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Non-resection versus resection for an asymptomatic primary tumour in patients with unresectable Stage IV colorectal cancer

Overview of attention for article published in Cochrane database of systematic reviews, August 2012
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Mentioned by

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1 tweeter
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1 Facebook page

Citations

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104 Dimensions

Readers on

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111 Mendeley
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Title
Non-resection versus resection for an asymptomatic primary tumour in patients with unresectable Stage IV colorectal cancer
Published in
Cochrane database of systematic reviews, August 2012
DOI 10.1002/14651858.cd008997.pub2
Pubmed ID
Authors

Roberto Cirocchi, Stefano Trastulli, Iosief Abraha, Nereo Vettoretto, Carlo Boselli, Alessandro Montedori, Amilcare Parisi, Giuseppe Noya, Cameron Platell

Abstract

In a majority of patients with stage IV colorectal cancer, the metastatic disease is not resectable and the focus of management is on how best to palliate the patient. How to manage the primary tumour is an important part of palliation. A small proportion of these patients present with either obstructing or perforating cancers and require urgent surgical care. However, a majority are relatively asymptomatic from their primary cancer. Chemotherapy has been shown to prolong survival in this group of patients, and a majority of patients would be treated this way. Nonetheless, A recent meta-analysis (Stillwell 2010) suggests an improved overall survival and reduced requirement for emergency surgery in those patients who undergo primary tumour resection. This review was also able to quantify the mortality and morbidity associated with surgery to remove the primary.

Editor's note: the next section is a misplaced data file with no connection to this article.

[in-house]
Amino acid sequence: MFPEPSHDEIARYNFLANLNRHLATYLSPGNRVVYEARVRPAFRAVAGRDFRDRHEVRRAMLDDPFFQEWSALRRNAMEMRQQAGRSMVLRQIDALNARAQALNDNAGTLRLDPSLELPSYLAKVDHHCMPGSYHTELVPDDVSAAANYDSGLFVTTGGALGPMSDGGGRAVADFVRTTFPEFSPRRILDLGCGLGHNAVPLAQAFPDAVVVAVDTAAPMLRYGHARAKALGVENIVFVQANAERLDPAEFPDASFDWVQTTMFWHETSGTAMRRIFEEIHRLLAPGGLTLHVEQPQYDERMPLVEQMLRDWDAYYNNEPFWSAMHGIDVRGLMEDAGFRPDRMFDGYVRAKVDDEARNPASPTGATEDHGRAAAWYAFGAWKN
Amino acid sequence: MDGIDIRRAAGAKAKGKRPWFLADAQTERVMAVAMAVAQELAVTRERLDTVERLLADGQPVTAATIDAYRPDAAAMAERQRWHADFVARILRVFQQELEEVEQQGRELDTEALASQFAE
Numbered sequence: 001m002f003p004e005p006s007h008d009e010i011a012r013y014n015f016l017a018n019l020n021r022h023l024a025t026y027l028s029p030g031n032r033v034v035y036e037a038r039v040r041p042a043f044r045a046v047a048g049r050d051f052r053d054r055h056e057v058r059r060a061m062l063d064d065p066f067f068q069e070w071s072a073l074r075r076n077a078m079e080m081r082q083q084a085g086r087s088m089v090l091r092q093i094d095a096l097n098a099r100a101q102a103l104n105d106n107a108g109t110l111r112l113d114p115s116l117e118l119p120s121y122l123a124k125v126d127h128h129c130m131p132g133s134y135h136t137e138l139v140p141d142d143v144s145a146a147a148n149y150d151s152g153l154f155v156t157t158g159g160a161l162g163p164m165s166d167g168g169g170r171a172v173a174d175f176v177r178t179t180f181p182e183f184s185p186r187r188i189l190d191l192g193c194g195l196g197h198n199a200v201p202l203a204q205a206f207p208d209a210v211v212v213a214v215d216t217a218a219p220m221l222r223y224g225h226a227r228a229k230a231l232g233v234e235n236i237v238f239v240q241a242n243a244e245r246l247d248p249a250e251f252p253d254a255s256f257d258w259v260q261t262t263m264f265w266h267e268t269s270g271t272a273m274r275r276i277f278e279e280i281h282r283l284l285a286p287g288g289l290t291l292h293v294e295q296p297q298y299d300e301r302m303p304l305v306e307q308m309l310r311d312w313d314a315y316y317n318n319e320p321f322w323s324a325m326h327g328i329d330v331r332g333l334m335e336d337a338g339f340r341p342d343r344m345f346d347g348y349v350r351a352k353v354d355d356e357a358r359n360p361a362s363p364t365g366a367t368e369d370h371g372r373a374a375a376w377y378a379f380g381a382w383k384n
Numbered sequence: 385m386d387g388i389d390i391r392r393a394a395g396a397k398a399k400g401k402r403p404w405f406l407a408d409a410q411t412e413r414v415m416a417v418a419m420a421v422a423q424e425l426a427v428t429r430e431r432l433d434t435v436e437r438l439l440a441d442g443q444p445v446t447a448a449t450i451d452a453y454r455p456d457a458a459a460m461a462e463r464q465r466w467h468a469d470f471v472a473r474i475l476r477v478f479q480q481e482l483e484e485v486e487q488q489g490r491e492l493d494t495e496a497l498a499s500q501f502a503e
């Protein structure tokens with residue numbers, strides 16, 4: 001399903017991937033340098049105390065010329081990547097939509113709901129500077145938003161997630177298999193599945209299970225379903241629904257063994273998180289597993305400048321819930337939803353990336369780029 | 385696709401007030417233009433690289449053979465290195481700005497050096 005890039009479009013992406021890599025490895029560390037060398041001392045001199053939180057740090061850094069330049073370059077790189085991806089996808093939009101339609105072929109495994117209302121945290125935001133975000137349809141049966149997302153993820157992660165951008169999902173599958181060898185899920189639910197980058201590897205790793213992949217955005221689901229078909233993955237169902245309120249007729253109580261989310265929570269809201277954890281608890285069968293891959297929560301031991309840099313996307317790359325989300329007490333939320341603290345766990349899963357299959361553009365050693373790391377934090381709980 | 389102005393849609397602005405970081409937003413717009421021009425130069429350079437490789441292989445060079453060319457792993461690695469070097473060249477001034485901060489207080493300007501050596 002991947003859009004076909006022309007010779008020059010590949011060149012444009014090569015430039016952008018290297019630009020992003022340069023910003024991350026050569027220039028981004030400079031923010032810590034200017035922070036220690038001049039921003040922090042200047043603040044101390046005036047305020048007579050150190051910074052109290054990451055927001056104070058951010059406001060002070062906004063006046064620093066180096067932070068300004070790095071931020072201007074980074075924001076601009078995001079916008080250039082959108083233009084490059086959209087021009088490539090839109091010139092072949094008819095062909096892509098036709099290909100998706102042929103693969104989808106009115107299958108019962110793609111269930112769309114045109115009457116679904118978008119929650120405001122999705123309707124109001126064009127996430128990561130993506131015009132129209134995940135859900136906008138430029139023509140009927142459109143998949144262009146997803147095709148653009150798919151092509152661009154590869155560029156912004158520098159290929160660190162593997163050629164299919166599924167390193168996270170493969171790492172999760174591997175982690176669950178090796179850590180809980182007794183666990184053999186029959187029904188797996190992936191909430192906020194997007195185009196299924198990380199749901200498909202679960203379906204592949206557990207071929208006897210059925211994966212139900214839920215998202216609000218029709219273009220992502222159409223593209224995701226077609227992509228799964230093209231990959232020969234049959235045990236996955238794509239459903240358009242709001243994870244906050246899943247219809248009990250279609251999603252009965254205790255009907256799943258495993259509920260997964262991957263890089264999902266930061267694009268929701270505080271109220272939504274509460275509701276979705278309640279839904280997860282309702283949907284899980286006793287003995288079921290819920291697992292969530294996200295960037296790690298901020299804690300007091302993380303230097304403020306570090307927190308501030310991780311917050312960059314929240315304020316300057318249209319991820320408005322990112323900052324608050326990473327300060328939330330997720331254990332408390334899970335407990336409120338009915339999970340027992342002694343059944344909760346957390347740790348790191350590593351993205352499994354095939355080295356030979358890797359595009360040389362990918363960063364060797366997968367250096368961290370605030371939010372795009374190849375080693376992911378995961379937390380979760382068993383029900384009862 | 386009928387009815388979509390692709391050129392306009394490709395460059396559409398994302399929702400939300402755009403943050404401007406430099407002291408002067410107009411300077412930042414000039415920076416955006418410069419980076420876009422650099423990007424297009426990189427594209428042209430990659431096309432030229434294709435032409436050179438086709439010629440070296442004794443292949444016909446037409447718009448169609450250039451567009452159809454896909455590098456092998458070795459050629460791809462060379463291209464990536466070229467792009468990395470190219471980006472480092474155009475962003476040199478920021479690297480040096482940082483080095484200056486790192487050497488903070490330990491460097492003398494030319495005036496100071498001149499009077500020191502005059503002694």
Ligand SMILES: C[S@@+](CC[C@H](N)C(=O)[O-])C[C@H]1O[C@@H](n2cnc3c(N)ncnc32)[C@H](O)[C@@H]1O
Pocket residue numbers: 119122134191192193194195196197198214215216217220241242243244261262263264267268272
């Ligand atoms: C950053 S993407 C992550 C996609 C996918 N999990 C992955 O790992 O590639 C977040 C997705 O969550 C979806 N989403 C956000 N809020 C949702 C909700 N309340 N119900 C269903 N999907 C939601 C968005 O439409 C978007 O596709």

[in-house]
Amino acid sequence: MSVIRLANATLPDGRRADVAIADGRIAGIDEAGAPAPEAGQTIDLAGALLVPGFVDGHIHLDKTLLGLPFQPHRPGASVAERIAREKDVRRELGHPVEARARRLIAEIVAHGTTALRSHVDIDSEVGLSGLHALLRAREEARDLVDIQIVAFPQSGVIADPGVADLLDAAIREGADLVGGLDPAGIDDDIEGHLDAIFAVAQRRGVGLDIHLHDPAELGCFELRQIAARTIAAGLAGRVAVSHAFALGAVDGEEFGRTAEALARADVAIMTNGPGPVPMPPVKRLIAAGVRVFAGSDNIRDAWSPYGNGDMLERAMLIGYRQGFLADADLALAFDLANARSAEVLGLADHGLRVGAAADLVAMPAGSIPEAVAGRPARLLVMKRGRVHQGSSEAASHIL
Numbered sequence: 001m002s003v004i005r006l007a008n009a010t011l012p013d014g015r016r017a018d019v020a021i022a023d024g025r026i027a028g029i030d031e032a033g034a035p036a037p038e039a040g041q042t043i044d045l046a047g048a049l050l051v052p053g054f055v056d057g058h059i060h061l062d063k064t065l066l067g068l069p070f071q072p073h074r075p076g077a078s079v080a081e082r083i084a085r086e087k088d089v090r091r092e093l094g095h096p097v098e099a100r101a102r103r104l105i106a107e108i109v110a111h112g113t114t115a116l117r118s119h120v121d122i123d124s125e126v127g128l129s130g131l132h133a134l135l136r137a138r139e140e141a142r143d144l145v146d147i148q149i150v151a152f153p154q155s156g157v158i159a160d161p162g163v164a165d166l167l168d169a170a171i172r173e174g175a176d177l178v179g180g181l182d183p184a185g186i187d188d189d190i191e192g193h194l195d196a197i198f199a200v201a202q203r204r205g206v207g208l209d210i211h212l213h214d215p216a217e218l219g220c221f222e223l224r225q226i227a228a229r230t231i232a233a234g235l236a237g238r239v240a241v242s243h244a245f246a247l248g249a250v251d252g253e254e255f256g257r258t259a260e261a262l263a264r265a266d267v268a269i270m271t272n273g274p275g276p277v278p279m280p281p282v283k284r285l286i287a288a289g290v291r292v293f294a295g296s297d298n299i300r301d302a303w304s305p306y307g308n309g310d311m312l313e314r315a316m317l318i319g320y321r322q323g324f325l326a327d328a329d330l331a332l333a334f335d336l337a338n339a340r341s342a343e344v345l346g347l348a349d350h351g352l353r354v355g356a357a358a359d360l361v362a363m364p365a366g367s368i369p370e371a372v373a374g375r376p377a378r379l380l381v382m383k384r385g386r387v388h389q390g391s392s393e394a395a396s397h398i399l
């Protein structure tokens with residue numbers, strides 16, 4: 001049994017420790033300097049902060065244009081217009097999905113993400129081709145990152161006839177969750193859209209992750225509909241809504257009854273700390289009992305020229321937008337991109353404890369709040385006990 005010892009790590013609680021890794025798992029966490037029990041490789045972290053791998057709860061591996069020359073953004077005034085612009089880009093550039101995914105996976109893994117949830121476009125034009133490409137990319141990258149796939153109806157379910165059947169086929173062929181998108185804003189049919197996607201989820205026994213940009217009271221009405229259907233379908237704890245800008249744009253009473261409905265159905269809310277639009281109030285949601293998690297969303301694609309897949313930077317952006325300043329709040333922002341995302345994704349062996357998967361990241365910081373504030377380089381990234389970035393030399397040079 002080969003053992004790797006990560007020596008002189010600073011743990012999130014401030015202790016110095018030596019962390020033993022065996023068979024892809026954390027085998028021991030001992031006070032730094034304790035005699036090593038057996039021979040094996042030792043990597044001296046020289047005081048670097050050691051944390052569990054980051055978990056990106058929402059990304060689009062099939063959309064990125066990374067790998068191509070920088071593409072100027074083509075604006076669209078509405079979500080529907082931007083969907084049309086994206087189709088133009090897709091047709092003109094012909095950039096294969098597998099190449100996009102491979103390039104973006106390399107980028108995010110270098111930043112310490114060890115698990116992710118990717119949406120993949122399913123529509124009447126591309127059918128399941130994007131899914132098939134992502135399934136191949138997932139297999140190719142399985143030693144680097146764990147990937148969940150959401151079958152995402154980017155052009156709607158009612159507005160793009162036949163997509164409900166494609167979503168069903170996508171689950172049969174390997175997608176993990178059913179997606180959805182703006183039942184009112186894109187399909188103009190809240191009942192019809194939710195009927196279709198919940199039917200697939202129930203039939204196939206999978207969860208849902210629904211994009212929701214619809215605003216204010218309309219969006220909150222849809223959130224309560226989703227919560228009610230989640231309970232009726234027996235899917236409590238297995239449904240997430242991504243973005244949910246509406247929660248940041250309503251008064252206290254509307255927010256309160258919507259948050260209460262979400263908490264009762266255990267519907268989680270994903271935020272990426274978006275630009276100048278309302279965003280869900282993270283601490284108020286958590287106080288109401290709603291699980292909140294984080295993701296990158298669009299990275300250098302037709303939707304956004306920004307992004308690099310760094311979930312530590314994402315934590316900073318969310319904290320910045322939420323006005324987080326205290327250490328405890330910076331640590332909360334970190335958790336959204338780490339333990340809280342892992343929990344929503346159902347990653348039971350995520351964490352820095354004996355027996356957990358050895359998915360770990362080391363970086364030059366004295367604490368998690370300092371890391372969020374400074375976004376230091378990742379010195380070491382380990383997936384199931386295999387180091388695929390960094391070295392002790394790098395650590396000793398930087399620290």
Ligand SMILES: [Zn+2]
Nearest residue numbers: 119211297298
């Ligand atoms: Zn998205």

Twitter Demographics

The data shown below were collected from the profile of 1 tweeter who shared this research output. Click here to find out more about how the information was compiled.

Mendeley readers

The data shown below were compiled from readership statistics for 111 Mendeley readers of this research output. Click here to see the associated Mendeley record.

Geographical breakdown

Country Count As %
Ecuador 2 2%
Spain 2 2%
Estonia 1 <1%
India 1 <1%
United States 1 <1%
Unknown 104 94%

Demographic breakdown

Readers by professional status Count As %
Researcher 27 24%
Student > Master 19 17%
Other 16 14%
Student > Ph. D. Student 10 9%
Student > Doctoral Student 8 7%
Other 23 21%
Unknown 8 7%
Readers by discipline Count As %
Medicine and Dentistry 80 72%
Nursing and Health Professions 7 6%
Agricultural and Biological Sciences 4 4%
Psychology 3 3%
Engineering 2 2%
Other 7 6%
Unknown 8 7%

Attention Score in Context

This research output has an Altmetric Attention Score of 1. This is our high-level measure of the quality and quantity of online attention that it has received. This Attention Score, as well as the ranking and number of research outputs shown below, was calculated when the research output was last mentioned on 23 October 2012.
All research outputs
#9,618,855
of 12,527,093 outputs
Outputs from Cochrane database of systematic reviews
#8,267
of 8,923 outputs
Outputs of similar age
#85,575
of 127,957 outputs
Outputs of similar age from Cochrane database of systematic reviews
#80
of 87 outputs
Altmetric has tracked 12,527,093 research outputs across all sources so far. This one is in the 19th percentile – i.e., 19% of other outputs scored the same or lower than it.
So far Altmetric has tracked 8,923 research outputs from this source. They typically receive a lot more attention than average, with a mean Attention Score of 21.2. This one is in the 9th percentile – i.e., 9% of its peers scored the same or lower than it.
Older research outputs will score higher simply because they've had more time to accumulate mentions. To account for age we can compare this Altmetric Attention Score to the 127,957 tracked outputs that were published within six weeks on either side of this one in any source. This one is in the 29th percentile – i.e., 29% of its contemporaries scored the same or lower than it.
We're also able to compare this research output to 87 others from the same source and published within six weeks on either side of this one. This one is in the 6th percentile – i.e., 6% of its contemporaries scored the same or lower than it.